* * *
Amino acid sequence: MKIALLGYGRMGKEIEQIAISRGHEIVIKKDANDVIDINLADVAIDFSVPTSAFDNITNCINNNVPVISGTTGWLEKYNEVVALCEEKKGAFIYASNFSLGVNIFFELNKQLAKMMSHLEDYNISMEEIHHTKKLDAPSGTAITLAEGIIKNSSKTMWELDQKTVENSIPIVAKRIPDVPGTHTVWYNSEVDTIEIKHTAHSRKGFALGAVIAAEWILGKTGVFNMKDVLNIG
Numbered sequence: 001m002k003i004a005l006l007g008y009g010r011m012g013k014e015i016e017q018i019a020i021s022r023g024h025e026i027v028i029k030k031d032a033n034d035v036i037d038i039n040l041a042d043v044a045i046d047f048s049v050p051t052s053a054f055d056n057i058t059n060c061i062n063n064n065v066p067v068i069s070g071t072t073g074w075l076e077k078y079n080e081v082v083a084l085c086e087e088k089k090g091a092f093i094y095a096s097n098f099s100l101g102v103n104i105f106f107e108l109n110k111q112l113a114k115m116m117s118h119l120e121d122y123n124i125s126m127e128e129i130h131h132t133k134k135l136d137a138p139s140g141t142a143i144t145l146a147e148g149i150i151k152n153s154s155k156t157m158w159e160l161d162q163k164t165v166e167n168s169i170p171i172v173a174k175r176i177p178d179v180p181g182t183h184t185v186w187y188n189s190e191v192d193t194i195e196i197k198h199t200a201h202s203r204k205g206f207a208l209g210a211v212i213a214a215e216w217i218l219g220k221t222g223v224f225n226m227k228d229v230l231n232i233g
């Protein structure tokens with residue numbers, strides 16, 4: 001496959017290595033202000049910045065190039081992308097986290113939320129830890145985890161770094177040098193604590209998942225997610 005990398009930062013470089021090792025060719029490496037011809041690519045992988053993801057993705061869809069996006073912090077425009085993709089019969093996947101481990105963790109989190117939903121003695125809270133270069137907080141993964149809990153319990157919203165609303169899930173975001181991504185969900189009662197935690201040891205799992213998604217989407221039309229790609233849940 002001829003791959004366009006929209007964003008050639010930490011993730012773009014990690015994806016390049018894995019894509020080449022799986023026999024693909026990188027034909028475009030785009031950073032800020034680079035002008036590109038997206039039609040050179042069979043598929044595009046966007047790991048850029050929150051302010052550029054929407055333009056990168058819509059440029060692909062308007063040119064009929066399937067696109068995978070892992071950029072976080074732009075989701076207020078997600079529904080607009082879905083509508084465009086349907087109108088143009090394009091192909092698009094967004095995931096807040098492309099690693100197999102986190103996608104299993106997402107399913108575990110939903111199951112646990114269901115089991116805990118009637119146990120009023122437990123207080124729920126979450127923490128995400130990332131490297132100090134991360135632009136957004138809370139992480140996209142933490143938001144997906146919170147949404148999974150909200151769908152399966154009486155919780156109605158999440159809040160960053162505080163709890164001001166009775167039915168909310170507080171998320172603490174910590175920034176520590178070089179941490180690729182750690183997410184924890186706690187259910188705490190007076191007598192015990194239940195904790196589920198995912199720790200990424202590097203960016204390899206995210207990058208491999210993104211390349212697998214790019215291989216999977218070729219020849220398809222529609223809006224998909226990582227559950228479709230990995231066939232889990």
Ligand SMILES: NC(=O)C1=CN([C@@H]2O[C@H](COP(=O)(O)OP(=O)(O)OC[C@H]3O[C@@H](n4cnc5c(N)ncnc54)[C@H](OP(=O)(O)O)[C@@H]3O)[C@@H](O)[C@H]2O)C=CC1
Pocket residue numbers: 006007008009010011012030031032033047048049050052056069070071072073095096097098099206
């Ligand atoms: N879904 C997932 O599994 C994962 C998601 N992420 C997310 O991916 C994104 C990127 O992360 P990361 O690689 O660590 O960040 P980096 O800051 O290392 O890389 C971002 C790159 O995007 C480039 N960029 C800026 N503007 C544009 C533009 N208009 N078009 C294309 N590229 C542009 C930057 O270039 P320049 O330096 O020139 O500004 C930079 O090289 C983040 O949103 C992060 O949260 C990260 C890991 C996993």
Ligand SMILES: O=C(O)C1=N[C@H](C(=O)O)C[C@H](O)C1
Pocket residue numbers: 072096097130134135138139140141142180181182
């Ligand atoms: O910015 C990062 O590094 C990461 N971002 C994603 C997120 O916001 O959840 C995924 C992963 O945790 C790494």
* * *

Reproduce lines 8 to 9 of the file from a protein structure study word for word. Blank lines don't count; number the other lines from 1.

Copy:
Pocket residue numbers: 072096097130134135138139140141142180181182
């Ligand atoms: O910015 C990062 O590094 C990461 N971002 C994603 C997120 O916001 O959840 C995924 C992963 O945790 C790494």